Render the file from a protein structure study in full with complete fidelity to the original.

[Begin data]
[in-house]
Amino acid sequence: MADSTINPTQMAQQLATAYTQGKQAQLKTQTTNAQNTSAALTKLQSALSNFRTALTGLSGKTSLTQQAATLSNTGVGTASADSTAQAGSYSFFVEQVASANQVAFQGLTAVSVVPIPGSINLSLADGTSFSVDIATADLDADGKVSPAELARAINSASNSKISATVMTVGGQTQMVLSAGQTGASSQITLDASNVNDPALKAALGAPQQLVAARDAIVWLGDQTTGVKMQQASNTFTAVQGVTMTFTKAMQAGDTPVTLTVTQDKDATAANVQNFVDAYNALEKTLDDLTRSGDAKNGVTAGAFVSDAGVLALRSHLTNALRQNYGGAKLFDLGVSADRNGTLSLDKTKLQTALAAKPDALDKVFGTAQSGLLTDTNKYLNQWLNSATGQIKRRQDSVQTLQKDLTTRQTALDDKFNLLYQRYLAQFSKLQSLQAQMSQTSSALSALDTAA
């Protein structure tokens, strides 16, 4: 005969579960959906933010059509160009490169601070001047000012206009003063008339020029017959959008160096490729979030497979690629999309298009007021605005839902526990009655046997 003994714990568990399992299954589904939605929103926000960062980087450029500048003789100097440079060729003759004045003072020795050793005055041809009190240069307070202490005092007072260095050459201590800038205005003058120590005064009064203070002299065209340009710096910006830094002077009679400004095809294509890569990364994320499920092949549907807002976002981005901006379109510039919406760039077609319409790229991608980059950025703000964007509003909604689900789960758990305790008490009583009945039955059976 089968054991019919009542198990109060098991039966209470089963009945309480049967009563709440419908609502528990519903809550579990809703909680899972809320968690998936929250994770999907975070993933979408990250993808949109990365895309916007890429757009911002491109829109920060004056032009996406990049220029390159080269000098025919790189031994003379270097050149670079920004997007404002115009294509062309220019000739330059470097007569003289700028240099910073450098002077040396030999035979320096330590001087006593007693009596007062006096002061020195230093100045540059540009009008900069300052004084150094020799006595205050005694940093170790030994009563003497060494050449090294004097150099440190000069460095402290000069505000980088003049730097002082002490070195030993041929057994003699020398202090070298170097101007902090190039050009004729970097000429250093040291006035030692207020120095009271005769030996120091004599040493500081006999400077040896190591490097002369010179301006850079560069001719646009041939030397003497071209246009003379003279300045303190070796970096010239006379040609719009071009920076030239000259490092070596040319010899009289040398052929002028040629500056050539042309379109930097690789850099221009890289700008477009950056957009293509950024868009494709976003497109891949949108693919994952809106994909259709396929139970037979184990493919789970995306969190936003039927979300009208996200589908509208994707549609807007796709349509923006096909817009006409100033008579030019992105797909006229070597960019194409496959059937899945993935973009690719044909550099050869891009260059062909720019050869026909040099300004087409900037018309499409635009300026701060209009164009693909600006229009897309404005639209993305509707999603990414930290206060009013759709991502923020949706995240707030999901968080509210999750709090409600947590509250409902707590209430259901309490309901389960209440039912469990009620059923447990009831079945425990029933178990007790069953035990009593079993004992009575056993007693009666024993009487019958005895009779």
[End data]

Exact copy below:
[in-house]
Amino acid sequence: MADSTINPTQMAQQLATAYTQGKQAQLKTQTTNAQNTSAALTKLQSALSNFRTALTGLSGKTSLTQQAATLSNTGVGTASADSTAQAGSYSFFVEQVASANQVAFQGLTAVSVVPIPGSINLSLADGTSFSVDIATADLDADGKVSPAELARAINSASNSKISATVMTVGGQTQMVLSAGQTGASSQITLDASNVNDPALKAALGAPQQLVAARDAIVWLGDQTTGVKMQQASNTFTAVQGVTMTFTKAMQAGDTPVTLTVTQDKDATAANVQNFVDAYNALEKTLDDLTRSGDAKNGVTAGAFVSDAGVLALRSHLTNALRQNYGGAKLFDLGVSADRNGTLSLDKTKLQTALAAKPDALDKVFGTAQSGLLTDTNKYLNQWLNSATGQIKRRQDSVQTLQKDLTTRQTALDDKFNLLYQRYLAQFSKLQSLQAQMSQTSSALSALDTAA
């Protein structure tokens, strides 16, 4: 005969579960959906933010059509160009490169601070001047000012206009003063008339020029017959959008160096490729979030497979690629999309298009007021605005839902526990009655046997 003994714990568990399992299954589904939605929103926000960062980087450029500048003789100097440079060729003759004045003072020795050793005055041809009190240069307070202490005092007072260095050459201590800038205005003058120590005064009064203070002299065209340009710096910006830094002077009679400004095809294509890569990364994320499920092949549907807002976002981005901006379109510039919406760039077609319409790229991608980059950025703000964007509003909604689900789960758990305790008490009583009945039955059976 089968054991019919009542198990109060098991039966209470089963009945309480049967009563709440419908609502528990519903809550579990809703909680899972809320968690998936929250994770999907975070993933979408990250993808949109990365895309916007890429757009911002491109829109920060004056032009996406990049220029390159080269000098025919790189031994003379270097050149670079920004997007404002115009294509062309220019000739330059470097007569003289700028240099910073450098002077040396030999035979320096330590001087006593007693009596007062006096002061020195230093100045540059540009009008900069300052004084150094020799006595205050005694940093170790030994009563003497060494050449090294004097150099440190000069460095402290000069505000980088003049730097002082002490070195030993041929057994003699020398202090070298170097101007902090190039050009004729970097000429250093040291006035030692207020120095009271005769030996120091004599040493500081006999400077040896190591490097002369010179301006850079560069001719646009041939030397003497071209246009003379003279300045303190070796970096010239006379040609719009071009920076030239000259490092070596040319010899009289040398052929002028040629500056050539042309379109930097690789850099221009890289700008477009950056957009293509950024868009494709976003497109891949949108693919994952809106994909259709396929139970037979184990493919789970995306969190936003039927979300009208996200589908509208994707549609807007796709349509923006096909817009006409100033008579030019992105797909006229070597960019194409496959059937899945993935973009690719044909550099050869891009260059062909720019050869026909040099300004087409900037018309499409635009300026701060209009164009693909600006229009897309404005639209993305509707999603990414930290206060009013759709991502923020949706995240707030999901968080509210999750709090409600947590509250409902707590209430259901309490309901389960209440039912469990009620059923447990009831079945425990029933178990007790069953035990009593079993004992009575056993007693009666024993009487019958005895009779």